See more objects with the tag plants, nature, illustration, form, photography, wheat.

See more objects with the color darkslategrey dimgrey lightgrey darkgrey grey or see all the colors for this object.

Object Timeline

  • We acquired this object.



  • Work on this object began.


  • You found it!

Book Illustration, Art Forms in Nature, Second Series; Hordeum distichum (Barley), 1932

This is a Book Illustration. It was published by E. Weyhe. It is dated 1932. Its medium is photographic reproduction on paper. It is a part of the Smithsonian Libraries department.

Karl Blossfeldt, a German photographer, sculptor, teacher, and artist who worked in Berlin, first published Urformen der Kunst (Art Forms in Nature) in the late 1920s; it was later followed by English editions. Throughout the series, Blossfeldt presents close-up images of plant details photographed in a stark setting. As the title suggests, the photographs reveal the intricate form and structure of each specimen, often visually transforming them into objects that appear to be industrially manufactured rather than found in nature. The plant forms, structures, patterns, and textures in Art Forms in Nature continue to inspire designers today.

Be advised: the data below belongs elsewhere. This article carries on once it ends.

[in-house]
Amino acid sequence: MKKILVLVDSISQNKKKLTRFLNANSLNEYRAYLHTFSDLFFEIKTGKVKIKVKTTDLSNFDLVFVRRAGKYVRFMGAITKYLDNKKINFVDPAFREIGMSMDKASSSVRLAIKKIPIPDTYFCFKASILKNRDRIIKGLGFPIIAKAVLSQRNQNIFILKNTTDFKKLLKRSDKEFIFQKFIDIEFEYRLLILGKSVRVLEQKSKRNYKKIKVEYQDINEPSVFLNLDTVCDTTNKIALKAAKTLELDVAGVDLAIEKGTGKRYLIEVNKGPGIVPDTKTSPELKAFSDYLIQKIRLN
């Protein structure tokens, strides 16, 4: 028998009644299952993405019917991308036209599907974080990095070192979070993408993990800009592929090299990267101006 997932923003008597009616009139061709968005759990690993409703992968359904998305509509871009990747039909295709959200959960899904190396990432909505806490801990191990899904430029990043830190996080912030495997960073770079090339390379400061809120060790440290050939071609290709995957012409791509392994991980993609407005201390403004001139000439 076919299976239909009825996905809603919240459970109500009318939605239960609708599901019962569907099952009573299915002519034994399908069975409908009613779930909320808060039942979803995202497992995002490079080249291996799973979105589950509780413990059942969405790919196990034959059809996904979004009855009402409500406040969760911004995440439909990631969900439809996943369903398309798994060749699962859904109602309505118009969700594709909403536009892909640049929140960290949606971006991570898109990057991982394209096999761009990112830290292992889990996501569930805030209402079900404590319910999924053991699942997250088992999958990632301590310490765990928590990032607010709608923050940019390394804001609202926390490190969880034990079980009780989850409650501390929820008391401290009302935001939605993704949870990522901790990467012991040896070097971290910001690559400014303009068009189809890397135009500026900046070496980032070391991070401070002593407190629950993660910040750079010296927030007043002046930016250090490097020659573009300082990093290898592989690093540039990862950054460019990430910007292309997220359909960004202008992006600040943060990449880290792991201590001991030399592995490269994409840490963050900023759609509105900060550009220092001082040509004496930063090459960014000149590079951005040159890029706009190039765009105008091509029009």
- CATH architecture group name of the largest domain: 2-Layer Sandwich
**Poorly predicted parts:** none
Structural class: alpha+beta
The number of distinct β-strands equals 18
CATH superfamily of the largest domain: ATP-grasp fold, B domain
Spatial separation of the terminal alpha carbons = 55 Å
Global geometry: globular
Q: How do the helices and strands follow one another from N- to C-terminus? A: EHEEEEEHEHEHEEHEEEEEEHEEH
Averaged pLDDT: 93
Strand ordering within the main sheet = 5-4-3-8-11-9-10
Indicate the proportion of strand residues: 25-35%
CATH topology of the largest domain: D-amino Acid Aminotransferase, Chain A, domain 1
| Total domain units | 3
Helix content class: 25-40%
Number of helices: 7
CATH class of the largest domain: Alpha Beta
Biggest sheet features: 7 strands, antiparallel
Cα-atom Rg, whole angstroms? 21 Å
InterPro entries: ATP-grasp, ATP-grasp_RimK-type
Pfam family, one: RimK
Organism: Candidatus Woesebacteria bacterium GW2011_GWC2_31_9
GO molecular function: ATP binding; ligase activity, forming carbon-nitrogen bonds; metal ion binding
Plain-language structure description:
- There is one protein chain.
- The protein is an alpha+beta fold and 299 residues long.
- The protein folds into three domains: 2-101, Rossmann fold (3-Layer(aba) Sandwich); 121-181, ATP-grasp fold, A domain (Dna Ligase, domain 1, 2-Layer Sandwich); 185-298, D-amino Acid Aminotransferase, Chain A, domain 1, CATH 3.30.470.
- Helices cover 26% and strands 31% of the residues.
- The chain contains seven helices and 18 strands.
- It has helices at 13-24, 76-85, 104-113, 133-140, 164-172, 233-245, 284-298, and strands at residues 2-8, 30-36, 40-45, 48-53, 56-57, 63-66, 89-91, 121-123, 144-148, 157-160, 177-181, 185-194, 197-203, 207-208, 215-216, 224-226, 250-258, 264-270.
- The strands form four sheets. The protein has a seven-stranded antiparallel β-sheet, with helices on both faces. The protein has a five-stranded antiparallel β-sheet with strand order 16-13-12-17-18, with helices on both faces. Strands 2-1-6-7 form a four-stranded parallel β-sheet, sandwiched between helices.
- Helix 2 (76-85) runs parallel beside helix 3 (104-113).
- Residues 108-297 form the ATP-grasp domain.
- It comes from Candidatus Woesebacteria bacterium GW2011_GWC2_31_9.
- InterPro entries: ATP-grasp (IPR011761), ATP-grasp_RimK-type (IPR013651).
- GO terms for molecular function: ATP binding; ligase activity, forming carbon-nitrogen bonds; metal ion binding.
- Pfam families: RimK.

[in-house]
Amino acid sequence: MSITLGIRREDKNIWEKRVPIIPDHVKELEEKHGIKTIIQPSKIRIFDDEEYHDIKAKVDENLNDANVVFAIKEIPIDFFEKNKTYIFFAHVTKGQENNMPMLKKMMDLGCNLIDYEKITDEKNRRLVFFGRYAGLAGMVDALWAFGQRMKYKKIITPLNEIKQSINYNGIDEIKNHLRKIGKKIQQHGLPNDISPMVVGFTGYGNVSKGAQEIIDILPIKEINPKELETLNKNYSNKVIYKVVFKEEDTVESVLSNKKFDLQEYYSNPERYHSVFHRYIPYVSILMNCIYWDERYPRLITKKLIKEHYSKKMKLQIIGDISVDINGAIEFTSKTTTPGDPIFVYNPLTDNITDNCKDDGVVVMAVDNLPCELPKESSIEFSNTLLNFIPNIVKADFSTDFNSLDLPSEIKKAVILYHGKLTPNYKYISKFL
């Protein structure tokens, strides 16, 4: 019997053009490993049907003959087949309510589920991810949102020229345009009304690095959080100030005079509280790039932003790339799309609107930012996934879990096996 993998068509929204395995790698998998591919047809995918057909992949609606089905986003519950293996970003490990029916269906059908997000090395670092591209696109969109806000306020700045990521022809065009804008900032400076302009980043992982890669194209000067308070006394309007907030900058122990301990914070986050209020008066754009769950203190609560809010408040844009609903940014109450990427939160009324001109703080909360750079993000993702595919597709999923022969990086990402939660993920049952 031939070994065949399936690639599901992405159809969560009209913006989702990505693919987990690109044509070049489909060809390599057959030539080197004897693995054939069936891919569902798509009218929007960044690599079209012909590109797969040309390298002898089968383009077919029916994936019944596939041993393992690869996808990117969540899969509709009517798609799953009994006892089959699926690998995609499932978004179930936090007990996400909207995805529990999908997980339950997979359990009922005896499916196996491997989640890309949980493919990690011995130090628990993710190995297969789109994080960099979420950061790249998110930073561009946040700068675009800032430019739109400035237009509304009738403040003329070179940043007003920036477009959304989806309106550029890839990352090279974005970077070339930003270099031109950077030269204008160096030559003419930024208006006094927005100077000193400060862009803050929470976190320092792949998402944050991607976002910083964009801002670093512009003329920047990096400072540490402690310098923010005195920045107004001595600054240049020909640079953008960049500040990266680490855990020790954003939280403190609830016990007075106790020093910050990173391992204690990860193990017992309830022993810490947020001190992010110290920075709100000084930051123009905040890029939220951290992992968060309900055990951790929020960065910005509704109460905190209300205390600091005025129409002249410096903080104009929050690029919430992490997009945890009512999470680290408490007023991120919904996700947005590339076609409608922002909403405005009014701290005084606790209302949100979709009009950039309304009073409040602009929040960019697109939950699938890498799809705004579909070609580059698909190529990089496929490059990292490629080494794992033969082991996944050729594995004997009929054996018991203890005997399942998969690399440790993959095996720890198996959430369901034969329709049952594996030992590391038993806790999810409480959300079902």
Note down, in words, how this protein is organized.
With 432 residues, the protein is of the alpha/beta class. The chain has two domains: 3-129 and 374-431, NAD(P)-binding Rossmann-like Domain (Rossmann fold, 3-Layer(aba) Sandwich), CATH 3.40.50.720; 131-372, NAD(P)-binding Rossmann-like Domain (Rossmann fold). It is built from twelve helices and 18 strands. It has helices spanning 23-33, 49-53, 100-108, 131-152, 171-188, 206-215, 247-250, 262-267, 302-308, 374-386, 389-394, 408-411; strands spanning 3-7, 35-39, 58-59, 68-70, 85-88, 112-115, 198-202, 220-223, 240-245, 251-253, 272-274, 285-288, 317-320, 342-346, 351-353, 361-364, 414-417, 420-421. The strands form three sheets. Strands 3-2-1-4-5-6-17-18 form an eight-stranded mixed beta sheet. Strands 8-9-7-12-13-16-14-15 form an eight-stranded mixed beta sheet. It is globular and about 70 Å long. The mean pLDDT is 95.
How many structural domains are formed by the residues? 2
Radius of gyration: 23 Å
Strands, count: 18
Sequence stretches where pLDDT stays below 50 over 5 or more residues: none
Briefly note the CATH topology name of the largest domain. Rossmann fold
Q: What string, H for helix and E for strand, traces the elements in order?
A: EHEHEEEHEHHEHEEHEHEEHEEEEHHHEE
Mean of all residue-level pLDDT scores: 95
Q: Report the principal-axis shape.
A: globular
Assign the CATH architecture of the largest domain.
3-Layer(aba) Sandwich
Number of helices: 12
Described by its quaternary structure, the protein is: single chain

It is credited Collection of Smithsonian Institution Libraries.

Its dimensions are

H x W: 53 × 32.5 cm (20 7/8 × 12 13/16 in.)

This object may be subject to Copyright or other restrictions.

You are welcome to make fair use of this image under U.S. Copyright law and in compliance with our terms of use. Please note that you are responsible for determining whether your use is fair and for responding to any claims that may arise from your use.

For higher resolution or commercial use contact ArtResource.

If you would like to cite this object in a Wikipedia article please use the following template:

<ref name=CH>{{cite web |url= |title=Book Illustration, Art Forms in Nature, Second Series; Hordeum distichum (Barley), 1932 |author=Cooper Hewitt, Smithsonian Design Museum |accessdate=21 January 2020 |publisher=Smithsonian Institution}}</ref>